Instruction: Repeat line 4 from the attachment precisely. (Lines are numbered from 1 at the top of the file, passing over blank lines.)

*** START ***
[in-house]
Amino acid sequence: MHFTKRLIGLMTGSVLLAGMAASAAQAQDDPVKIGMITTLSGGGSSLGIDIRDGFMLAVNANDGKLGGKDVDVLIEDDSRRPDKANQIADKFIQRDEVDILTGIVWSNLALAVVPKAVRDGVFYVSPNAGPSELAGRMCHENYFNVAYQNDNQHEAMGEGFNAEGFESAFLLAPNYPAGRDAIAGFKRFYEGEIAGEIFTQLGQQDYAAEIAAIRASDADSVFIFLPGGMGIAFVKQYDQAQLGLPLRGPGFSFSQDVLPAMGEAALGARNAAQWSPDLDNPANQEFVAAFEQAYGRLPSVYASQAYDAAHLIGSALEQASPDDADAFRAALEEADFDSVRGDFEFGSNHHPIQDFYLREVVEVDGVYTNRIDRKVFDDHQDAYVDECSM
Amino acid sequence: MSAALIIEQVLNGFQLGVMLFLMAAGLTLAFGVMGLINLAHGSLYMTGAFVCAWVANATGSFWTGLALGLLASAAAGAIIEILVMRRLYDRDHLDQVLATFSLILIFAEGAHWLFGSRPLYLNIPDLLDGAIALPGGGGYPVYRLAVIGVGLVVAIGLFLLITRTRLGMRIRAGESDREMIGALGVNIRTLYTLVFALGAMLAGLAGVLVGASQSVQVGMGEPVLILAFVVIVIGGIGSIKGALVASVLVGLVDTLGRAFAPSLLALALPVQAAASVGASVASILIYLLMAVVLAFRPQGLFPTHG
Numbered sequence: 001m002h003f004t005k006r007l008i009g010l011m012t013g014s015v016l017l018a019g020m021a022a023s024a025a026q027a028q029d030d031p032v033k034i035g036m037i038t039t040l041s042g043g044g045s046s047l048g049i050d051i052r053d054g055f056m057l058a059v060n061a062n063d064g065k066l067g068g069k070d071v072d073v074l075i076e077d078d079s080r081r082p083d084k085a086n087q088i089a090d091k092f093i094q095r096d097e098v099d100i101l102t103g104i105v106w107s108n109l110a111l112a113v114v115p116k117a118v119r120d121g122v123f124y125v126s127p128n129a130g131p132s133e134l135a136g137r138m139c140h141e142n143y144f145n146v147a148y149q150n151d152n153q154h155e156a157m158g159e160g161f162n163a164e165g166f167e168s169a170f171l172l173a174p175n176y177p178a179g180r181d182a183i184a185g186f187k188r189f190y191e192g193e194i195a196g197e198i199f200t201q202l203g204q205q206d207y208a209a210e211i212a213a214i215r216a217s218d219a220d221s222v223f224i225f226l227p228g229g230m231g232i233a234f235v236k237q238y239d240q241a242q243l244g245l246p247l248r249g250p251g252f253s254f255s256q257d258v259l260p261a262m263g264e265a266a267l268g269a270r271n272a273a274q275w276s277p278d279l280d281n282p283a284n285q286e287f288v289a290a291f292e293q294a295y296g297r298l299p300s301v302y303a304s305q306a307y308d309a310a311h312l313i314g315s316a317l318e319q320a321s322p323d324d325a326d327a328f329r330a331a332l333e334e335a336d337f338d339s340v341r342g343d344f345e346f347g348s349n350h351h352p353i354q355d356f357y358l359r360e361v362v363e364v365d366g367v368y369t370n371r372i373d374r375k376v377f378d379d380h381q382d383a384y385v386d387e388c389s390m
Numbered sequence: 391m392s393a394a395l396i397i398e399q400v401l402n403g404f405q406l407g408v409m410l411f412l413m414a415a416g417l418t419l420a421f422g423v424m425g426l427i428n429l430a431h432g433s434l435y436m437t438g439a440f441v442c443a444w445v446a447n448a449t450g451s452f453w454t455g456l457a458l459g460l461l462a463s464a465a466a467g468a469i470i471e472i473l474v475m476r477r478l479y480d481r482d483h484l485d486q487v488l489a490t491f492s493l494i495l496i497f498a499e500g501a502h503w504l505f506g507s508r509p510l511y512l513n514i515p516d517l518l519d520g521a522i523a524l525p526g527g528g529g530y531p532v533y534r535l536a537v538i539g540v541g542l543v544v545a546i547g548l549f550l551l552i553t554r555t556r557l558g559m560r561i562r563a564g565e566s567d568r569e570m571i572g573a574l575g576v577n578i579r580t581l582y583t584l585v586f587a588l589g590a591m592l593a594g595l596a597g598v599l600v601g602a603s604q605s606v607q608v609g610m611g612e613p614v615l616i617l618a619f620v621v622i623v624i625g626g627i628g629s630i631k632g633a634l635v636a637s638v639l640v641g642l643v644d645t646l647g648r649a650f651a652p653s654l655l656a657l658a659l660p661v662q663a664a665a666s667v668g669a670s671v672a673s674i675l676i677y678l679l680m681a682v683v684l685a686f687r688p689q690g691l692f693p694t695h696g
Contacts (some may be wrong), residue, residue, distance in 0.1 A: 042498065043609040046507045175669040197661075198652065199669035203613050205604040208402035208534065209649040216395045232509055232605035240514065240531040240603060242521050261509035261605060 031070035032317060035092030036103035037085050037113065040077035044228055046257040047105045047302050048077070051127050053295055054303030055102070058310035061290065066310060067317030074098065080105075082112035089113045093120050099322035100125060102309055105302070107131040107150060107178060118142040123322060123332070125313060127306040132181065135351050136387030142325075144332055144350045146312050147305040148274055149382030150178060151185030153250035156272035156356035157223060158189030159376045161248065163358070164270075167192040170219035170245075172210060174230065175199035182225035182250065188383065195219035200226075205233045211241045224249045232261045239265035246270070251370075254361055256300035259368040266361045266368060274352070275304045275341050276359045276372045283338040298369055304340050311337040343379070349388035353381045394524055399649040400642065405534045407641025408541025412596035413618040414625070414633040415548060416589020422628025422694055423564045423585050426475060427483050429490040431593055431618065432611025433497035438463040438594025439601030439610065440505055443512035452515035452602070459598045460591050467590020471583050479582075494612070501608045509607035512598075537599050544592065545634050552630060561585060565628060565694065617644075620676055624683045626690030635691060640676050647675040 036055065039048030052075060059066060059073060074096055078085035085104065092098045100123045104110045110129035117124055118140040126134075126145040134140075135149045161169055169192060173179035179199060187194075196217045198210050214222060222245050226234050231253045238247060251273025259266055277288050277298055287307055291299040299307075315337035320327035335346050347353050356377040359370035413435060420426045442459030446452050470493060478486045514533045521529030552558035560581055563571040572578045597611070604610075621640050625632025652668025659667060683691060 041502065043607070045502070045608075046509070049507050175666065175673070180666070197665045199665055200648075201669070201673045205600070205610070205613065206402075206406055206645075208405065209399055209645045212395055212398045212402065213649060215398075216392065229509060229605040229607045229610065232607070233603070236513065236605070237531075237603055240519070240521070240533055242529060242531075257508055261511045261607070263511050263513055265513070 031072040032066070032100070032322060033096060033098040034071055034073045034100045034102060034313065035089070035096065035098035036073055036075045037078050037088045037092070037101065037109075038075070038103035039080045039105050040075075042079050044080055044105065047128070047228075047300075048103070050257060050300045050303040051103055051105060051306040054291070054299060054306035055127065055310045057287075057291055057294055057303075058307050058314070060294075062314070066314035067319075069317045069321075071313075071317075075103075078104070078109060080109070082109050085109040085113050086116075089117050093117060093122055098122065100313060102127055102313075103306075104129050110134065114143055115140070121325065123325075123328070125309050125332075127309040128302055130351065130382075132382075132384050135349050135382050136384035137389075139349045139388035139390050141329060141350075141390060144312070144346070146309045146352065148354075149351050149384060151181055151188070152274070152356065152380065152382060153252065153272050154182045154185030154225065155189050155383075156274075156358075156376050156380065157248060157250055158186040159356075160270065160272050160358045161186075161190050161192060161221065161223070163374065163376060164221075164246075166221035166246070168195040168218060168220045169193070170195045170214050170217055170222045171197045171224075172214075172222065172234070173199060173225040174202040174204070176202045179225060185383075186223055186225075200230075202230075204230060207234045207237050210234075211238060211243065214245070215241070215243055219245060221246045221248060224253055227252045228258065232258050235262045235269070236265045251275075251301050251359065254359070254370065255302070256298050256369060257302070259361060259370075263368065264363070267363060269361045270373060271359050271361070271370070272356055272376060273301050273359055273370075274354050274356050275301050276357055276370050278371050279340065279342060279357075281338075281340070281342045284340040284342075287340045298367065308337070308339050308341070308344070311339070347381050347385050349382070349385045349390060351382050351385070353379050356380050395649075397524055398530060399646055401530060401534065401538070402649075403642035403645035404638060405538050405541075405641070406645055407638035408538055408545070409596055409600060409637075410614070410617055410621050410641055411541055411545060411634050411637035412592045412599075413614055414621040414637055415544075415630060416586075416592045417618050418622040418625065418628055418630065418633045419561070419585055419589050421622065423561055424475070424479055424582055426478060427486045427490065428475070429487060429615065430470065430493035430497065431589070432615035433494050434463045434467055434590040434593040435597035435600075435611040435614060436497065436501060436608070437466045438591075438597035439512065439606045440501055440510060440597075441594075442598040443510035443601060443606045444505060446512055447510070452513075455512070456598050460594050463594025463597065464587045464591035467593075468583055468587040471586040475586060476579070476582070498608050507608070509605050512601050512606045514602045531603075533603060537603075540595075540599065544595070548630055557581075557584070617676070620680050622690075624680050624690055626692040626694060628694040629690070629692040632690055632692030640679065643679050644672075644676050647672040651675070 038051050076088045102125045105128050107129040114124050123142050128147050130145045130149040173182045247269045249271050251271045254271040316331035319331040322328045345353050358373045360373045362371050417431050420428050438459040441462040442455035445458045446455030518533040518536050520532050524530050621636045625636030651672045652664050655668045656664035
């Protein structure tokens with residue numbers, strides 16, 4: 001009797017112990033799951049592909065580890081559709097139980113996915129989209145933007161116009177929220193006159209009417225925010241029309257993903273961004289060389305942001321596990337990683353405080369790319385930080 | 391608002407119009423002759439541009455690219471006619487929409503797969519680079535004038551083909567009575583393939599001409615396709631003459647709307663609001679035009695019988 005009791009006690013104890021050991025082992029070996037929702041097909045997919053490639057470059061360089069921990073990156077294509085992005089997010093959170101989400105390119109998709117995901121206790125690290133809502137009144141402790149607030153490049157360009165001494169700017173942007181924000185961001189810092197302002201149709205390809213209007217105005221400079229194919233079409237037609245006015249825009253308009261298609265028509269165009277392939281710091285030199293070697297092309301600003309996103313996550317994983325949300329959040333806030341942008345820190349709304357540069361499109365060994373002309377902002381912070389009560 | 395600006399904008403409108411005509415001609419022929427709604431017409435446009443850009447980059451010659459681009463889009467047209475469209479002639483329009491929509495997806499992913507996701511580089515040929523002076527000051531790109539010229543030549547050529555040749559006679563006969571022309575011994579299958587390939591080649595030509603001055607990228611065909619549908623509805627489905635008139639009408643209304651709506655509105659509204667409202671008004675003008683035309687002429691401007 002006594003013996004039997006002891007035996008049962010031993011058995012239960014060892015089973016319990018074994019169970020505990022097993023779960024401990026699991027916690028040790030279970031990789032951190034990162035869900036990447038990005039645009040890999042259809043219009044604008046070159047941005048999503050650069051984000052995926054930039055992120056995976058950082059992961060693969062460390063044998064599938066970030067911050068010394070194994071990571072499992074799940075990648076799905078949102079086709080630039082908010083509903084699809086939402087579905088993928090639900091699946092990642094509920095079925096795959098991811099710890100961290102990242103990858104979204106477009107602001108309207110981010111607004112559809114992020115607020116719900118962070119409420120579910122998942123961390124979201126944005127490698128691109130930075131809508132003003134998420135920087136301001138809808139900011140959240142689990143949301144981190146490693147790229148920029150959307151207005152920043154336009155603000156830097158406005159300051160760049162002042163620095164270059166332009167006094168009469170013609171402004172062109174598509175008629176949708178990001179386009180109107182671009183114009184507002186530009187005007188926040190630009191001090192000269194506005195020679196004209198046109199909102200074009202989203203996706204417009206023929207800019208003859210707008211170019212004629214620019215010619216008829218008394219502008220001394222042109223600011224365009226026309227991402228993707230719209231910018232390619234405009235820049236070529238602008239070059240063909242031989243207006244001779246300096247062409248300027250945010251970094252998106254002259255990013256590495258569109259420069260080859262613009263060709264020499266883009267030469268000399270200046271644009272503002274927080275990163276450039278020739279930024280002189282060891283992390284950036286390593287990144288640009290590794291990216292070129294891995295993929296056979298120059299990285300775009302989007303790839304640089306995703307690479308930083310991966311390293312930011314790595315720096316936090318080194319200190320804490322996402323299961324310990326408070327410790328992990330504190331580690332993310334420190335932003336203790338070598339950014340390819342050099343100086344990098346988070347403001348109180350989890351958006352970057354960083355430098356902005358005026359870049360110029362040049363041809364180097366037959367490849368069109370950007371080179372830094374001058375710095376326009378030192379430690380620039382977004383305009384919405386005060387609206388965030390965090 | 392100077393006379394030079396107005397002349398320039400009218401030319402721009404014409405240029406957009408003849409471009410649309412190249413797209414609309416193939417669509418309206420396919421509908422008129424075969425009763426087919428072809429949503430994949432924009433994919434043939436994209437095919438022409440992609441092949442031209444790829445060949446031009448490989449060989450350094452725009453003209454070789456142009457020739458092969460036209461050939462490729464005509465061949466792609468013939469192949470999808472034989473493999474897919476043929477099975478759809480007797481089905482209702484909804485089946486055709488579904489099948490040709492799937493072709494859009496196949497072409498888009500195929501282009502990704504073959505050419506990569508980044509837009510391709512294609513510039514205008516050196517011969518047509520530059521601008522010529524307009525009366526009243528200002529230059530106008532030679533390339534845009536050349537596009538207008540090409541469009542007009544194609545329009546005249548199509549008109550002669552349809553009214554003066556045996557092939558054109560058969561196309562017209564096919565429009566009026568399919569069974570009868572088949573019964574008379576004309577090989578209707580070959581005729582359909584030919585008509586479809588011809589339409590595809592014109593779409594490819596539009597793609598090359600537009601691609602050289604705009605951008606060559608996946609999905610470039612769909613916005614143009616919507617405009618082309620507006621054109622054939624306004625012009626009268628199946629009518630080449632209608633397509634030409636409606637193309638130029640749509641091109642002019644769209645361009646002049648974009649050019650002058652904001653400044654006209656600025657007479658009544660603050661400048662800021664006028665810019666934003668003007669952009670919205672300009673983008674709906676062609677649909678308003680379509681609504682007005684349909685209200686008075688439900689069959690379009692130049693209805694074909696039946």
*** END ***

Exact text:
Numbered sequence: 001m002h003f004t005k006r007l008i009g010l011m012t013g014s015v016l017l018a019g020m021a022a023s024a025a026q027a028q029d030d031p032v033k034i035g036m037i038t039t040l041s042g043g044g045s046s047l048g049i050d051i052r053d054g055f056m057l058a059v060n061a062n063d064g065k066l067g068g069k070d071v072d073v074l075i076e077d078d079s080r081r082p083d084k085a086n087q088i089a090d091k092f093i094q095r096d097e098v099d100i101l102t103g104i105v106w107s108n109l110a111l112a113v114v115p116k117a118v119r120d121g122v123f124y125v126s127p128n129a130g131p132s133e134l135a136g137r138m139c140h141e142n143y144f145n146v147a148y149q150n151d152n153q154h155e156a157m158g159e160g161f162n163a164e165g166f167e168s169a170f171l172l173a174p175n176y177p178a179g180r181d182a183i184a185g186f187k188r189f190y191e192g193e194i195a196g197e198i199f200t201q202l203g204q205q206d207y208a209a210e211i212a213a214i215r216a217s218d219a220d221s222v223f224i225f226l227p228g229g230m231g232i233a234f235v236k237q238y239d240q241a242q243l244g245l246p247l248r249g250p251g252f253s254f255s256q257d258v259l260p261a262m263g264e265a266a267l268g269a270r271n272a273a274q275w276s277p278d279l280d281n282p283a284n285q286e287f288v289a290a291f292e293q294a295y296g297r298l299p300s301v302y303a304s305q306a307y308d309a310a311h312l313i314g315s316a317l318e319q320a321s322p323d324d325a326d327a328f329r330a331a332l333e334e335a336d337f338d339s340v341r342g343d344f345e346f347g348s349n350h351h352p353i354q355d356f357y358l359r360e361v362v363e364v365d366g367v368y369t370n371r372i373d374r375k376v377f378d379d380h381q382d383a384y385v386d387e388c389s390m